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ARTICLE ARCHIVE

Sept/Oct 2002

PRACTICAL MATTERS

Hanging Fiber Art: Readers' Questions

[Ed. - This column concludes a four-part series on how to hang fiber works. Part 1 (Jan/Feb '02) discussed basic principles for planning how to hang work, and parts 2 (Mar/Apr '02) and 3 (Summer '02) focused on attaching work to the wall and from the ceiling, respectively. During this series, writer Bill Alexander has been answering readers' questions by e-mail; here, we include a few.]

Dear Bill,
I am primarily a printmaker, and I've spent some time exploring the use of wallpaper and fabric scraps as printing surfaces. A problem that I have encountered comes from whether to hem the edges or leave them as simply cut and sometimes slightly irregular. Professional framers have suggested that the choice will almost immediately change the classification of the work from "fine art" (if not hemmed) to "craft/art" (if hemmed). I would like to hear your sense of this predicament.
Robert Schwieger
Lincoln, Nebr.

Robert Schwieger, Hunter's Vest; screen-printed monotype on fabric, wallpaper, and hologram materials; constructed on foam board; 44 by 30 by 0.5 inches.

Dear Robert,
    Your predicament says volumes about the conceptual difficulties the craft media still face. Of course, it would puzzle a Victorian that an unfinished edge would seem closer to "art" than a "properly" finished one.
    Presentation is important, certainly. And I don't wish to denigrate the framer's trade, but currently the packaging has sometimes taken over content. One might argue that anything could be forced into the realm of high art by a sufficiently important (or at least elaborate) frame. I say, Do what looks good to you, and believe in your work enough to hope they'll eventually get it.

-Bill

Hi Bill,
I am a painter but have been doing some offbeat collage stitched pieces in felt. The smaller felt pieces I have sewn to linen and stretched over foam core board and put in metal frames with glass. The work is unmatted and against the glass. I am wondering whether there's a better way. My first choice would be the acrylic plastic box, but it would have to be the typical mass-produced kind as custom plastic boxes are too expensive for me. The next idea is to use the shadow-box type of frame that holds the glass away from the work. But that seems to me to be too much frame for my work, almost ostentatious. Do you have any suggestions?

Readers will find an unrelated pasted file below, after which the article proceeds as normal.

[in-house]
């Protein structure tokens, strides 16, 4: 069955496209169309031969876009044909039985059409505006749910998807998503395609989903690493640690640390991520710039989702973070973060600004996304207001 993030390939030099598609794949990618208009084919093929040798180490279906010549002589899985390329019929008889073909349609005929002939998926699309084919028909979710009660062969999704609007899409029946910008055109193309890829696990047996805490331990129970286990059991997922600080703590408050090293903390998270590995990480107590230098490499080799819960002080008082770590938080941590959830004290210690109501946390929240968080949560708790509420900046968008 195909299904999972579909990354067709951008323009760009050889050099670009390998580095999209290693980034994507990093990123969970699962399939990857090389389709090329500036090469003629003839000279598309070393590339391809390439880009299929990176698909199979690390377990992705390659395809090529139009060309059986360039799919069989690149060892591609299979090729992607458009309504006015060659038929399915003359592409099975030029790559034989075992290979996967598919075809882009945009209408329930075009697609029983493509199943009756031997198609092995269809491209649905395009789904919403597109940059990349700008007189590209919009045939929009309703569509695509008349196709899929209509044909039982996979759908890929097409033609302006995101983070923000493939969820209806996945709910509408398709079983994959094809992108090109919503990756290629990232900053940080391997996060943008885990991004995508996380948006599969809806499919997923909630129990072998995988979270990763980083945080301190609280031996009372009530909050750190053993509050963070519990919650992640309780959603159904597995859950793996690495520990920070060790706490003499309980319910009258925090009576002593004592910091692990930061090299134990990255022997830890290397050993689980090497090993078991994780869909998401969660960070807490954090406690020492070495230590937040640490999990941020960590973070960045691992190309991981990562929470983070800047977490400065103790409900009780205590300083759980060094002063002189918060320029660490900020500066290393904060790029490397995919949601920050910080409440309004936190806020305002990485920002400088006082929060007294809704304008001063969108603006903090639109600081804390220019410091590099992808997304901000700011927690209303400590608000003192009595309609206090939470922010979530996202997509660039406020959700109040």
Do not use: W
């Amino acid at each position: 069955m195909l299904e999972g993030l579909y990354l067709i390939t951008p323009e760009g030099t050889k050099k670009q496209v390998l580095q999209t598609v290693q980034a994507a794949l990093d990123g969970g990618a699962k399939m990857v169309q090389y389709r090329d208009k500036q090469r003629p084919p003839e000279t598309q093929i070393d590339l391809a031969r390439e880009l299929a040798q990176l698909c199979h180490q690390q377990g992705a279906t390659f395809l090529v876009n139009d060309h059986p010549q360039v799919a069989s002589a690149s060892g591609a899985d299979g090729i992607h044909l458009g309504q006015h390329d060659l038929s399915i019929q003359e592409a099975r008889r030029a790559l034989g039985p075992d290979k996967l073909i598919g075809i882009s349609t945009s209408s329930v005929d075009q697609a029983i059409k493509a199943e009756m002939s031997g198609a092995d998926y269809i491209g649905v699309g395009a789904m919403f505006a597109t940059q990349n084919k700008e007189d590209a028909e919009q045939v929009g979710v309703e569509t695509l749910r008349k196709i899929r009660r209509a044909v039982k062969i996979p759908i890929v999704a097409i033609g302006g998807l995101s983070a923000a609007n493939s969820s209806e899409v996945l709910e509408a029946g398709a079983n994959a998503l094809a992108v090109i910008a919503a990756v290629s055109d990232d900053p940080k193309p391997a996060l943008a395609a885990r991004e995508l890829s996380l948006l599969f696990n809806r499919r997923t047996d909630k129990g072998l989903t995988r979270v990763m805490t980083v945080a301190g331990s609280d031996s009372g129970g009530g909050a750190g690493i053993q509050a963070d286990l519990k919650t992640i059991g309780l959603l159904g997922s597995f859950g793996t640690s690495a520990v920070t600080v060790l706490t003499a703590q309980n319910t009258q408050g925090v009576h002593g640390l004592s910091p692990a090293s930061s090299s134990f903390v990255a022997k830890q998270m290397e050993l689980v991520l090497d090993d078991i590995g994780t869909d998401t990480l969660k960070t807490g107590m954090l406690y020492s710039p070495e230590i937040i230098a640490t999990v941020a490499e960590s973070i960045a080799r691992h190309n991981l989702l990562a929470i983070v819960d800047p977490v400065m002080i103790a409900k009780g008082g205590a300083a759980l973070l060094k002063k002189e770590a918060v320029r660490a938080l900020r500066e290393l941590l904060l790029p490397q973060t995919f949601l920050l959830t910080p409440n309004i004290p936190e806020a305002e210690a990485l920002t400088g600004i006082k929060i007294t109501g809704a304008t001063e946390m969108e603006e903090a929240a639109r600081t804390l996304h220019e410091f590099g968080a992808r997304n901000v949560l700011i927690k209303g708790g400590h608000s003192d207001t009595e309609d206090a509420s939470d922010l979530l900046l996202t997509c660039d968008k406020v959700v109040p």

Helen Klaas
New Smyrna Beach, Fla.
Helen Klaas, Felt Series; felt, yarn, shells, buttons, pieces of a Guatemalan handwoven belt.

Dear Helen,
    First, I feel the framer needs to consider the conservation of a work as well as its look. Conservators have told me that glass should not touch work, particularly fiber work, as it will act as an acid over time. Also, because of temperature changes, moisture will tend to collect where the work touches the glass.
    I have seen the commercial acrylic boxes used to good effect. The key is to construct a back to your work. One way is to build a backing of foam core covered with mat board (or in your case, linen) that exactly fits the box frame but leaves room for the work; sew or attach the work to the front mat, and glue this constructed backing into the box.
    Another untraditional framing uses a piece of foam core mounted on a thin piece of plywood, with thin wooden strips on the back for attaching hanging hardware. A top mat is attached to the foam core, and the work is centered on that. Thus, all the viewer sees from the front is a rectangle of mat with the work attached. No glass is used, and possibly the thinnest of frames gives a minimal look. Colored-core mats work well here.
-Bill

[Ed. - Helen followed up with a note that she found that foam core may be vulnerable to warping in humid climates, but that a backing of 1/4-inch Masonite (fiberboard) worked well.]

Dear Bill,
I am developing a project involving using inkjet technology to print documentary photo imagery on a shawllike textile that resembles a tallit, a Jewish prayer shawl. My printed images are narratives and need to be "read" by the viewer. My display options seem to be 1) to present the shawls as though they were actually draped on a human body (which makes the imagery hard to read, but retains the "shawlness" of the textile) or 2) to present the shawls in a straightforward manner, as undraped rectangles (which eliminates the "shawlness" and the human element but is readily readable). Is there a better way than using suspended dowels? If suspended dowels are the best technique, what are my options for a minimally exposed dowel? Can I make the garments seem to float, as if there were no support?
Esther Malabel
Minneapolis, Minn.

Dear Esther,
One possibility is to get dowels in clear acrylic (or Plexiglas) drilled in the ends and hung with monofilament (i.e., clear fishing line) or even thin wire. A commercial plastics house can supply the dowels and even drill them. The rods and line would be somewhat invisible. Another option is to find or have made Plexiglas (or even wood or cardboard) silhouettes of human forms. Try a sales display company that supplies boutiques and clothing stores. A third alternative is to use sheets of plexiglass that are just larger than the work; you could drill small holes and sew or tie the work to the panels. This would be bulkier but would lend framing to the tallit forms.
-Bill

Bill Alexander is a fiber artist and writer living in Morganton, Georgia.

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Sept/Oct 2002

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